MSc Spatial Design UCL, M.Arch, BA (Hons)
E-merging Design and Research
Rocinha, Rio de Janeiro, Brazil | MSc Spatial Design: Architecture and Cities | Term 2 Elective Module
Hard and soft surfaces surrounding the school's location
In the densely built Rocinha, flying a kite is a popular leisure activity (left). Organic growth of intruding vertical green in hilly areas, where buildings cannot be easily constructed (right)
Scaffolding module that can accommodate compost
Vertic-scape: Staging an infrastructure of hybrid assemblages
Studio-based individual project
Urbanisation versus Bio-diversity loss
Rocinha, one of the most urbanised of Rio’s favelas, is overtaking the surrounding landscape, despite the efforts to contain this growth. With the surrounding nature being the favela’s ‘’other’’, a gap is observed between what is considered as formed and what as functional landscape (Corner, 2006). The consequences of original vegetation removal determine biodiversity loss, land degradation, increasing incidences of erosion and negative impacts on water bodies. Moreover, the lack of green spaces in its interior, coupled with inadequate waste management, put public health at risk.
Intruding Green – Vertical Field Conditions
Vertic-scape is a proposal to ‘hack’ the high-speed urbanisation process by introducing a series of hybrid assemblages in the vertical public spaces that will save resources and reuse existing waste. Allen’s field condition theory is integral to the project, as it implies an architecture that leaves space for change and improvisation (1999). The proposed system consists of a flexible reclaimed steel scaffolding module and aims to introduce various units, with minimal interference to its surroundings.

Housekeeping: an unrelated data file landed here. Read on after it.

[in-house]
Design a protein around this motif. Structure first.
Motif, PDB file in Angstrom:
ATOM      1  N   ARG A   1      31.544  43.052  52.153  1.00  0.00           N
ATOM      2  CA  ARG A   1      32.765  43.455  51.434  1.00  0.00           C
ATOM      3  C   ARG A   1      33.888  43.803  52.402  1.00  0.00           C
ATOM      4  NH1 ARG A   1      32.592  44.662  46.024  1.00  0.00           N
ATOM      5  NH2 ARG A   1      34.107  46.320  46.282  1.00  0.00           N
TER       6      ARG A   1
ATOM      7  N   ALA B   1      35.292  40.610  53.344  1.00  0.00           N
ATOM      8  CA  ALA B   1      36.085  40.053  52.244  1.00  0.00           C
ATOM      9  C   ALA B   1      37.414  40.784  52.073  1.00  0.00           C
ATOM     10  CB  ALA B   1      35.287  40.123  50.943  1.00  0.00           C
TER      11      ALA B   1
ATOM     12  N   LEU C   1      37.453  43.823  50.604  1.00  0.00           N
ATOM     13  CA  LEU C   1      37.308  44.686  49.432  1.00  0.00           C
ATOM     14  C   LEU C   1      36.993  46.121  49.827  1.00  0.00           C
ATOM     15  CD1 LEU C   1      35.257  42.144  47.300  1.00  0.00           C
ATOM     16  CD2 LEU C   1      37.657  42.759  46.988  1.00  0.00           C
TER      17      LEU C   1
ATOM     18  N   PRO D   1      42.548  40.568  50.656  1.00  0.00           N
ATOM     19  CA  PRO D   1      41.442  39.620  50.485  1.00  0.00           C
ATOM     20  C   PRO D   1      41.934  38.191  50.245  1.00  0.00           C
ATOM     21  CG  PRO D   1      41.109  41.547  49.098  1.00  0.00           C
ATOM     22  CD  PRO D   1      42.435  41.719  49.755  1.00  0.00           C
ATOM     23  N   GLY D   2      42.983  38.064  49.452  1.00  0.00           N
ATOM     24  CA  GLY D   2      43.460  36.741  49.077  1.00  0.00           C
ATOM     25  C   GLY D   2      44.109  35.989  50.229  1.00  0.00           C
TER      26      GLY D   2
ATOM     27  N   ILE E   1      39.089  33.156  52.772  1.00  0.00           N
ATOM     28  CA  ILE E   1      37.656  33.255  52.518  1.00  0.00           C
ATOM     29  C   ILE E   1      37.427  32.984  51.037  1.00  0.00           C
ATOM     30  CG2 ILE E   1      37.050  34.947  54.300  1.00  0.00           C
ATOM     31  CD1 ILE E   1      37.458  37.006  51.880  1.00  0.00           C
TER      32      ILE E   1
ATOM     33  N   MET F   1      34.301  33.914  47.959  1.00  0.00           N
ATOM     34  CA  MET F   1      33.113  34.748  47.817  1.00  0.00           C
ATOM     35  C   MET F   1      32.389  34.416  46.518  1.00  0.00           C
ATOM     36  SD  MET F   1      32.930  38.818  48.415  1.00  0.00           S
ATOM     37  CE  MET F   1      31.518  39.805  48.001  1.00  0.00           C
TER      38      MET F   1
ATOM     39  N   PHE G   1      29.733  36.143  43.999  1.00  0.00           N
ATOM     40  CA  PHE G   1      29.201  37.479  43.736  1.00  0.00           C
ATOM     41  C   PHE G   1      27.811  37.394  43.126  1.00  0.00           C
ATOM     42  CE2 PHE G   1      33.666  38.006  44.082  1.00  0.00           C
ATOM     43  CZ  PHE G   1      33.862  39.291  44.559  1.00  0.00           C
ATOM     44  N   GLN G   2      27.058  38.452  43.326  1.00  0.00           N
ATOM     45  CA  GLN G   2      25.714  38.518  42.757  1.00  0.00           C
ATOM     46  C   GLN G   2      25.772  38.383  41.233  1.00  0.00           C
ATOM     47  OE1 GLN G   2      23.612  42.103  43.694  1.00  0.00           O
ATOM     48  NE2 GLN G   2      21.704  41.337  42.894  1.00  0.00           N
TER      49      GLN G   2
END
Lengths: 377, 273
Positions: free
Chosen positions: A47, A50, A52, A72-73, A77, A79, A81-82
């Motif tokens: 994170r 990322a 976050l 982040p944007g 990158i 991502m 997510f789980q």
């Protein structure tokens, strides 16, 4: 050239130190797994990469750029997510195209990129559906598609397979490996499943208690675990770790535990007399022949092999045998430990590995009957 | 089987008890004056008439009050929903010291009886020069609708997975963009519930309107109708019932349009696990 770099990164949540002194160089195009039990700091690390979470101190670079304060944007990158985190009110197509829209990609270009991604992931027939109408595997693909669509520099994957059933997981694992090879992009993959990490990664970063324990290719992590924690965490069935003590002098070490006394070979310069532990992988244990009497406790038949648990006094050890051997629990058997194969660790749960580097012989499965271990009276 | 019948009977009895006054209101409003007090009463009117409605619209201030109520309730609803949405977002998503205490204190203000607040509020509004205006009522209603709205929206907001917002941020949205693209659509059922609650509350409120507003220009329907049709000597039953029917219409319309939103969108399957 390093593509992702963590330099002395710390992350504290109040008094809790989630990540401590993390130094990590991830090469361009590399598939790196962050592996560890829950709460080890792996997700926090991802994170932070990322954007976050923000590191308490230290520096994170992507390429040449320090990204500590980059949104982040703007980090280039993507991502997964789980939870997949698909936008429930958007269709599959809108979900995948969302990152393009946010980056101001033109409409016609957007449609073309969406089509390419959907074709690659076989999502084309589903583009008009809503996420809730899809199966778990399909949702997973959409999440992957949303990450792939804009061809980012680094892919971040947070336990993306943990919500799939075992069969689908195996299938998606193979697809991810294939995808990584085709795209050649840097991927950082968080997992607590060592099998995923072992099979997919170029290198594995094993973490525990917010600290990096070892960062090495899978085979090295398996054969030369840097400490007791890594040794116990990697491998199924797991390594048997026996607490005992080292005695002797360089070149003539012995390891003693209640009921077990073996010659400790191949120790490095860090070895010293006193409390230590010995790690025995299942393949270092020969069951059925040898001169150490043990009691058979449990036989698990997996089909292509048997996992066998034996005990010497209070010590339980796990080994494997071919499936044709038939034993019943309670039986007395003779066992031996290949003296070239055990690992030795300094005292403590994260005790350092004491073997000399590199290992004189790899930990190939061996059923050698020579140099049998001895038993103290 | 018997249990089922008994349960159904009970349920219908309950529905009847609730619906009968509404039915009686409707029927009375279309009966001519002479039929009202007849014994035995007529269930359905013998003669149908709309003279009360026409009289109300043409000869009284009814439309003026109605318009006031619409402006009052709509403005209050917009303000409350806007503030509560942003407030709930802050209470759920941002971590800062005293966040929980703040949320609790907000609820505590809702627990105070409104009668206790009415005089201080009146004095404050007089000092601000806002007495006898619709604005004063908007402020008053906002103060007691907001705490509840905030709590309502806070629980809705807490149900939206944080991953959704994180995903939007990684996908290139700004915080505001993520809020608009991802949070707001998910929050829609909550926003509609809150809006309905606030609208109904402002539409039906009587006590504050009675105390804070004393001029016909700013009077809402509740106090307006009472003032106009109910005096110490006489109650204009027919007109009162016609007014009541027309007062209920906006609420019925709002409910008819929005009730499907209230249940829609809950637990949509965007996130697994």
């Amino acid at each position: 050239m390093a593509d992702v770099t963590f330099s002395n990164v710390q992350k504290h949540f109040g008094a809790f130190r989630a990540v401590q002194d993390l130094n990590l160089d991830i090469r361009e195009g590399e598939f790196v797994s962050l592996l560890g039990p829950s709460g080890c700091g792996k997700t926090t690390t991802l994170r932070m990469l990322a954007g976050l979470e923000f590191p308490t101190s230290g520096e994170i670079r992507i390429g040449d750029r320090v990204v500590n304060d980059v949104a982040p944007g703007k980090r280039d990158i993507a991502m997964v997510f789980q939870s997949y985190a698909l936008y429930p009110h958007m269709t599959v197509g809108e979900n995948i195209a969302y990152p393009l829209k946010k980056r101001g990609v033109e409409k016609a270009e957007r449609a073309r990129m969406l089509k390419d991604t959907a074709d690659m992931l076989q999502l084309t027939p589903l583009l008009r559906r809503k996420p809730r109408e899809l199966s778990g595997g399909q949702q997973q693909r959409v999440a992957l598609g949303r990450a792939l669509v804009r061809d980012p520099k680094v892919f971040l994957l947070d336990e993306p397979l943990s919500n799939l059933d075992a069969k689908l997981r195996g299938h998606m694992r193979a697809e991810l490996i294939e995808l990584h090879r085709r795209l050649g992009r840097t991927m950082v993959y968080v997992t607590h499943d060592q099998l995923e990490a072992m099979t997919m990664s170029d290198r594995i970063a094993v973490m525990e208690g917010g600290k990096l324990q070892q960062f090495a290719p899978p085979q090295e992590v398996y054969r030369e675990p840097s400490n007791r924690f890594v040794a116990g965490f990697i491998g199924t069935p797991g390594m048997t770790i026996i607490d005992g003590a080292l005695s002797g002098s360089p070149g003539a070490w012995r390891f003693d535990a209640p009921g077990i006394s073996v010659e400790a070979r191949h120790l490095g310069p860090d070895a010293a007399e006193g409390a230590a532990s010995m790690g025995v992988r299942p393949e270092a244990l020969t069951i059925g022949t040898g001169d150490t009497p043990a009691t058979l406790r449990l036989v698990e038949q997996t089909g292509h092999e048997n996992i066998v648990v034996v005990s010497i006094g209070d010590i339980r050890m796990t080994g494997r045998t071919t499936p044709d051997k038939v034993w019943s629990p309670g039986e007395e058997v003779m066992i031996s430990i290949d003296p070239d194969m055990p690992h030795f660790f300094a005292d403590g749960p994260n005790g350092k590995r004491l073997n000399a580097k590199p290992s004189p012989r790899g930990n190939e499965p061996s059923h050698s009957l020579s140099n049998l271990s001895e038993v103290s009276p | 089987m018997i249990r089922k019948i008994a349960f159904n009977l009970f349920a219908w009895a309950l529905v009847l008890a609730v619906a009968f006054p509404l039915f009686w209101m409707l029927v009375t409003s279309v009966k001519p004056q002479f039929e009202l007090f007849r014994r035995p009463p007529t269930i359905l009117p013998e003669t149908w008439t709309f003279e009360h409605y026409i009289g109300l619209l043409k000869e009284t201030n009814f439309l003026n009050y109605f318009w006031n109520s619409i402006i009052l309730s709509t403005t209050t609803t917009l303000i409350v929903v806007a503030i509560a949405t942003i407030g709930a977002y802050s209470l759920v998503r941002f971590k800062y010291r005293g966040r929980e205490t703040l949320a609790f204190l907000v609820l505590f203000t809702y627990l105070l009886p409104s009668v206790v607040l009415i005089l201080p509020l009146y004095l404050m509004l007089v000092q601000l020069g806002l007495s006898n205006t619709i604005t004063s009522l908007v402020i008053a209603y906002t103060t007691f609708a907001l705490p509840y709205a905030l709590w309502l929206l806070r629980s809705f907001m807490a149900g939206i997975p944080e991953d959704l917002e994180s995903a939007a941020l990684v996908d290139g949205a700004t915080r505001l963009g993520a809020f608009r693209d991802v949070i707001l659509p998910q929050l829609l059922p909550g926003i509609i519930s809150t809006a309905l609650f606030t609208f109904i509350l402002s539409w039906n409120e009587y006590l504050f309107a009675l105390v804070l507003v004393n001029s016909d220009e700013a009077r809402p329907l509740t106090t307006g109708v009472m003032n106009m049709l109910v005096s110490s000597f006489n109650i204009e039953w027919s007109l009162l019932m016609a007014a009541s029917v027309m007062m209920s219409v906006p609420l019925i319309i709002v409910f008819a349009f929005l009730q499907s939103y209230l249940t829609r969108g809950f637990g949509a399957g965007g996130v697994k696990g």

Processes over time – A collective vision
The strategy unfolds in three phases. The first phase concerns a process of initiation, where urban agriculture for the community is implemented, and commerce in combination with playing and gathering activities are proposed in an identified area of a closely linked network of ‘local’ and ‘global’ space respectively. The second phase involves the expansion of this set of activities in close proximity vertical spaces. Finally, the third phase draws on the permanent implementation of the system, focusing on future appropriation of derelict and educational buildings.
Queen Elizabeth Olympic Park, the Legacy
Space Syntax Methodology and Analytical Design | MSc Spatial Design: Architecture and Cities | Term 1
The meaning of time in the park
Located at an area which is currently the central focus of London’s rapid growth eastwards, our site included the Olympic Stadium, Aquatics Center and Fish Island central, while the River Lea and the green landscape corridor made up most of its part.
The Legacy plan aims to promote and deliver physical, social, economic and environmental regeneration in the park and in the surrounding area (London Legacy, 2015), while focuses on two different types of uses for the park; a local use for the north and a global use for the south side. The project draws on these two uses through the concept of temporality. How can a long term success of the facilities already in-place be established through the suggested local and global uses?
In order to understand how the different parts of the park work, Space Syntax combined with socio-economic data, accessibility, land use and lighting analysis, gateways observation, movement tracing and snapshots were conducted across different scales. Responding to key findings, potential interventions are proposed aiming to unify the fragmented north and south sides, relate to local and global spatial networks, create links to facilitate movement, extend vertically the landscape, and enhance visibility.
The project was conducted in collaboration with Putri Dwimirnani, Pedro Gil, Ye Lu and Ruoheng Pan.